Brightsurf Science News & Current Events

July 11, 2000
Boston University scientists uncover the secret to movement in super-cooled water
Scientists at the Center for Polymer Studies at Boston University and at the Universitá di Roma La Sapienza have created a computer model that is useful in understanding how molecules move through super-cooled water.

Life from the skies
Life may not have emerged from the sea but high in the sky, according to a startling new theory.

Pulsars much older than thought, astonomers say
Pulsars -- spinning, superdense neutron stars that emit powerful beams of radio waves and light -- may be older than scientists thought, according to researchers using measurements made with the National Science Foundation's (NSF) Very Large Array (VLA).

FDA advisory committee recommends approval of Remicade® with methotrexate for reduction of joint damage in patients with rheumatoid arthritis
Centocor, Inc. said today that the Arthritis Advisory Committee to the U.S.

Cadmium makes brittle bones in Rocky Mt. birds
Toxic cadmium from abandoned mines in Colorado is destroying the bones of a little known bird, the white-tailed ptarmigan, and may be harming other Rocky Mountain wildlife, Cornell University ecologists report in the July 13, 2000, issue of the journal Nature.

Multi-institutional study shows immune benefit when interleukin-2 is added to antiretroviral therapy
A multicenter U.S. study has found that the addition of the immune stimulator interleukin-2 (IL-2) to antiretroviral therapy (ART) appears to improve immunologic function in patients with an intermediate stage of HIV infection and may augment the anti-HIV activity of potent antiretroviral agents.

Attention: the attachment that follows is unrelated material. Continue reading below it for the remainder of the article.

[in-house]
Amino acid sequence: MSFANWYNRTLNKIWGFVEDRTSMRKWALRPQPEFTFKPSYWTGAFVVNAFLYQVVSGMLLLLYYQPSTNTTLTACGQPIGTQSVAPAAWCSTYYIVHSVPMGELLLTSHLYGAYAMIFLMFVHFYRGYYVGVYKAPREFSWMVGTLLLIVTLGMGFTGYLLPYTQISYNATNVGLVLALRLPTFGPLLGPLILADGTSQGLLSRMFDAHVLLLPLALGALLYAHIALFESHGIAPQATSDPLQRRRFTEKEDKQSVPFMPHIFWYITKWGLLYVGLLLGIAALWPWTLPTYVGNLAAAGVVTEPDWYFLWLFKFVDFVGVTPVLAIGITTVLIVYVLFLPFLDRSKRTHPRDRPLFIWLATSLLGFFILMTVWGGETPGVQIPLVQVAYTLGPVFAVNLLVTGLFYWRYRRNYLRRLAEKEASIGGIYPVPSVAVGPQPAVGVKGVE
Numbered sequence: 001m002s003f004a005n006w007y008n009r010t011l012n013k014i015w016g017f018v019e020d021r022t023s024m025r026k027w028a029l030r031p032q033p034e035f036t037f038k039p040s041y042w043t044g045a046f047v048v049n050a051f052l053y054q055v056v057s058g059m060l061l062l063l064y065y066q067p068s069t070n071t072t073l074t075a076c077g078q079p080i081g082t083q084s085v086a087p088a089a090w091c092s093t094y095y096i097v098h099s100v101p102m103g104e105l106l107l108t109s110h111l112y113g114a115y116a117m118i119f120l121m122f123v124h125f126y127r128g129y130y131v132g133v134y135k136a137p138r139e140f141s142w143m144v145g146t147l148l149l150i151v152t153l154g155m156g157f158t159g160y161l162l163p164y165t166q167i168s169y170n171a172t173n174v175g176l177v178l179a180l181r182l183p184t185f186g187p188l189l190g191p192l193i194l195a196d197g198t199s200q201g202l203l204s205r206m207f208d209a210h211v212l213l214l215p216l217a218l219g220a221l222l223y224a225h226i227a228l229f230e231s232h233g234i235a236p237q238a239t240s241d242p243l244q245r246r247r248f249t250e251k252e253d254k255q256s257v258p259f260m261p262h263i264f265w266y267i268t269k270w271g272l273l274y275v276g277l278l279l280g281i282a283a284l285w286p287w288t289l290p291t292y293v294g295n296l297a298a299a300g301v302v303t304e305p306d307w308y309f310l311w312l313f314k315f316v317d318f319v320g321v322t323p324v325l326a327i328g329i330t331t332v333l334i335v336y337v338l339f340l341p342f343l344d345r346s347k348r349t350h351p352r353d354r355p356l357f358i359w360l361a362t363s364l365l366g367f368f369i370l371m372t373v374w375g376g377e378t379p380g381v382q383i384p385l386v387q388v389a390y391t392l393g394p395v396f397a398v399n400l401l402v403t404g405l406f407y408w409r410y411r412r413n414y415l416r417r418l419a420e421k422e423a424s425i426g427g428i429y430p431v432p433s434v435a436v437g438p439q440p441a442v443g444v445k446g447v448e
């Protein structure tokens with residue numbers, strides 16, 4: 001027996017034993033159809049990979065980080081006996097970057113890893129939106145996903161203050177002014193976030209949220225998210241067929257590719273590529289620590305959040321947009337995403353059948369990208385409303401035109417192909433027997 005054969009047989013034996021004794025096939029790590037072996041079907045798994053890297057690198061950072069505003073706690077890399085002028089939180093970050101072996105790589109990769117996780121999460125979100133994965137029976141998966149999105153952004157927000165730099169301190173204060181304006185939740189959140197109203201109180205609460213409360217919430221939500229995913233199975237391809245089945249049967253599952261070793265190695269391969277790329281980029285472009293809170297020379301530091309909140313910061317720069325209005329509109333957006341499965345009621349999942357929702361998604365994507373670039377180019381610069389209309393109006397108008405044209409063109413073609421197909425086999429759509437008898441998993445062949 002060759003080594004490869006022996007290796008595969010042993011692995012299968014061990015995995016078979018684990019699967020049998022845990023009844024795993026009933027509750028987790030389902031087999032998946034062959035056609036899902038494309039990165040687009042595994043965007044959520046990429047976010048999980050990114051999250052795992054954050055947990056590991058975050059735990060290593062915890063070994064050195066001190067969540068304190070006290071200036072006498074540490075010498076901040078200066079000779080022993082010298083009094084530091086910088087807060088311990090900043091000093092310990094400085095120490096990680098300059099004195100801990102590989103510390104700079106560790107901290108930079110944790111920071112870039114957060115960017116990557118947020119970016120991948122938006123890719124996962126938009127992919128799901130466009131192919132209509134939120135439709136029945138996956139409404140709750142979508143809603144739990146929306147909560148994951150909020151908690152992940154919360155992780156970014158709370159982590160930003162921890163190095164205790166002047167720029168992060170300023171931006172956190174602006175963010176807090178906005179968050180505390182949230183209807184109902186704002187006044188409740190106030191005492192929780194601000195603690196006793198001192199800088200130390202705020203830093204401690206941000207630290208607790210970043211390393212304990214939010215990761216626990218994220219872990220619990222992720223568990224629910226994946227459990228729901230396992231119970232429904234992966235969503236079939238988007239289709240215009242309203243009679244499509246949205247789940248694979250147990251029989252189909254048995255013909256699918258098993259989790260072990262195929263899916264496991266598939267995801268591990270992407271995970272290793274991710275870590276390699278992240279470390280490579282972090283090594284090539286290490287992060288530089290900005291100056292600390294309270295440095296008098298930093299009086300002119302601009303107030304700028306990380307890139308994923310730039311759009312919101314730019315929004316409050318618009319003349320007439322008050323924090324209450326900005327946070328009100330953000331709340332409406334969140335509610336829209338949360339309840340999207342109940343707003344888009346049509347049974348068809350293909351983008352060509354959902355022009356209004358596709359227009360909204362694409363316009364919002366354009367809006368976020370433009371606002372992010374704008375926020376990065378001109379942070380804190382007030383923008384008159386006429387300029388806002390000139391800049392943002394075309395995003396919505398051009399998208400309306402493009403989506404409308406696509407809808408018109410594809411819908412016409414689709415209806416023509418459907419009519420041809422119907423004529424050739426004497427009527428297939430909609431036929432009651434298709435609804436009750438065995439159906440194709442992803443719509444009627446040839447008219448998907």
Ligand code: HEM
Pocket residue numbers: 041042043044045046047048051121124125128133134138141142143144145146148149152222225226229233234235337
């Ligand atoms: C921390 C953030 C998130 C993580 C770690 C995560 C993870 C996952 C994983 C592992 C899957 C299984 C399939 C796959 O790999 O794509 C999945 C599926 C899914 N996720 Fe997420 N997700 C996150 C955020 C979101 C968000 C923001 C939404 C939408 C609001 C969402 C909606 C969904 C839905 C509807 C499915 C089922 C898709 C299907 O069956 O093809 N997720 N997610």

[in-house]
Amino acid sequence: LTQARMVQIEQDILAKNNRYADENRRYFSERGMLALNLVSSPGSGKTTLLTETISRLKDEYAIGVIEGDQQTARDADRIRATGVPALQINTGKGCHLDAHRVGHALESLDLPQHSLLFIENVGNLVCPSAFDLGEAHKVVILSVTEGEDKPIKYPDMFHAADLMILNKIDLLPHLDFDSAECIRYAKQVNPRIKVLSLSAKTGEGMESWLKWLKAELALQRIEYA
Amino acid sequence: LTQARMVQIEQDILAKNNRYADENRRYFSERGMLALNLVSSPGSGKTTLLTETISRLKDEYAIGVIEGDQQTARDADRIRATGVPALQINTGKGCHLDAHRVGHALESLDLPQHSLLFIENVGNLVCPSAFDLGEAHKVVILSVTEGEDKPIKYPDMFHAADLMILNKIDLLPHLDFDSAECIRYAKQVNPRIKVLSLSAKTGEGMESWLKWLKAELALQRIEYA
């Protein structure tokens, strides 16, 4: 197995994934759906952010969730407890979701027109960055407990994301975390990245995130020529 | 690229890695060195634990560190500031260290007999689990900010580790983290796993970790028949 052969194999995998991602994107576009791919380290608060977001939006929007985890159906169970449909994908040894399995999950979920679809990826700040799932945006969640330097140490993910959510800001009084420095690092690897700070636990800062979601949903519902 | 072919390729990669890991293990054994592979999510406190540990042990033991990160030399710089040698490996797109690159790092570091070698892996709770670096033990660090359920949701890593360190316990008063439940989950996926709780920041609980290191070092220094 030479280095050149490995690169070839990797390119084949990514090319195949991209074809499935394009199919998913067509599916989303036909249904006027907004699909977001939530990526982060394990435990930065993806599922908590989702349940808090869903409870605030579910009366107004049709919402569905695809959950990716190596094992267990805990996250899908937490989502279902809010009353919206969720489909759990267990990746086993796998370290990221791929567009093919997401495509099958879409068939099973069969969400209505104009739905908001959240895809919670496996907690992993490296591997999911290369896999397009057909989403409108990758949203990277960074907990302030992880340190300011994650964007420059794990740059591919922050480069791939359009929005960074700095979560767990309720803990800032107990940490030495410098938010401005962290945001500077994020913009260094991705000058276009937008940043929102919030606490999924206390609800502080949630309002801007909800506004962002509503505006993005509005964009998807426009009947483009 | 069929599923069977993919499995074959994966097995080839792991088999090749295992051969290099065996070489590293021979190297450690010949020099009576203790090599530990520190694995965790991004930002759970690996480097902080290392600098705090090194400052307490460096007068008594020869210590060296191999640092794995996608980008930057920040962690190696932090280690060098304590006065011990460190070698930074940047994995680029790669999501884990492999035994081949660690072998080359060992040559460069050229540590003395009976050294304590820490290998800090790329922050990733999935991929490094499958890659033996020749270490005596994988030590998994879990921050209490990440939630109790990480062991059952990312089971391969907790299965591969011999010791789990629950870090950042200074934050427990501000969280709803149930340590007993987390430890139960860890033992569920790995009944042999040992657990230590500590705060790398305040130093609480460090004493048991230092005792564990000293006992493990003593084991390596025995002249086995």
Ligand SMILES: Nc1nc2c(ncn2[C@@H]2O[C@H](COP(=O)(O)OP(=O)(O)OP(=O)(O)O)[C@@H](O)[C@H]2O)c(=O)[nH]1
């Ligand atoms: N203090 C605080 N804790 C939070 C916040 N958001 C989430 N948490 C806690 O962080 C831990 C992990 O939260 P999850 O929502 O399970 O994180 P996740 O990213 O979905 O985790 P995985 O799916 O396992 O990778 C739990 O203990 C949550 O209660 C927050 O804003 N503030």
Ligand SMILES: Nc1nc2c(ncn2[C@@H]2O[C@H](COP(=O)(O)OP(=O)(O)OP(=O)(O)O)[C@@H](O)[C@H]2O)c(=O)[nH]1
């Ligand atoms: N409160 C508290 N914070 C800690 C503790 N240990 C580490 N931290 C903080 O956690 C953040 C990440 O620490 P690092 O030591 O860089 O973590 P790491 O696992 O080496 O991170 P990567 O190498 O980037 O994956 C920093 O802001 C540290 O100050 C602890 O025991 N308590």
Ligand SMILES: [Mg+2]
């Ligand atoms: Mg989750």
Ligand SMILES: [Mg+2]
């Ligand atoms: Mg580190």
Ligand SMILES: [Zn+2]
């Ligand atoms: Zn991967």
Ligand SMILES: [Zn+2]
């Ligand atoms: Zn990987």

New mechanism of drug resistance found in cancer cells
Researchers found a new mechanism of drug resistance in cancer cells, and, possibly, a means to overcome chemotherapy resistance.

Oak Ridge National Laboratory and Technology 2020 announce plan to create new companies
The Oak Ridge National Laboratory (ORNL) and Technology 2020 have formed a partnership to help create more jobs in East Tennessee.

Baby boomers' wealth is good news for Social Security
A new study of wealth in the United States concludes that baby boomers have already accumulated more wealth than their parents did at similar ages.

New Alzheimer's treatment Reminyl™(galantamine) completes EU mutual recognition procedure
Beerse, Belgium -- [12 July 2000] Reminyl(TM) (galantamine), a new treatment for Alzheimer's disease, was granted marketing approval under the Mutual Recognition Procedure by thirteen European Union member states as well as Norway and Iceland.

First bioengineered cornea studies reported
In separate reports this month, two groups of scientists announce they have restored eyesight to patients with previously untreatable corneal damage, using novel tissue bioengineering techniques.

Nighttime lens wear may mean near-perfect daytime vision
After just seven nights of wearing reverse-geometry gas permeable contact lenses, researchers saw improvement in the daytime eyesight of seven of eight nearsighted subjects.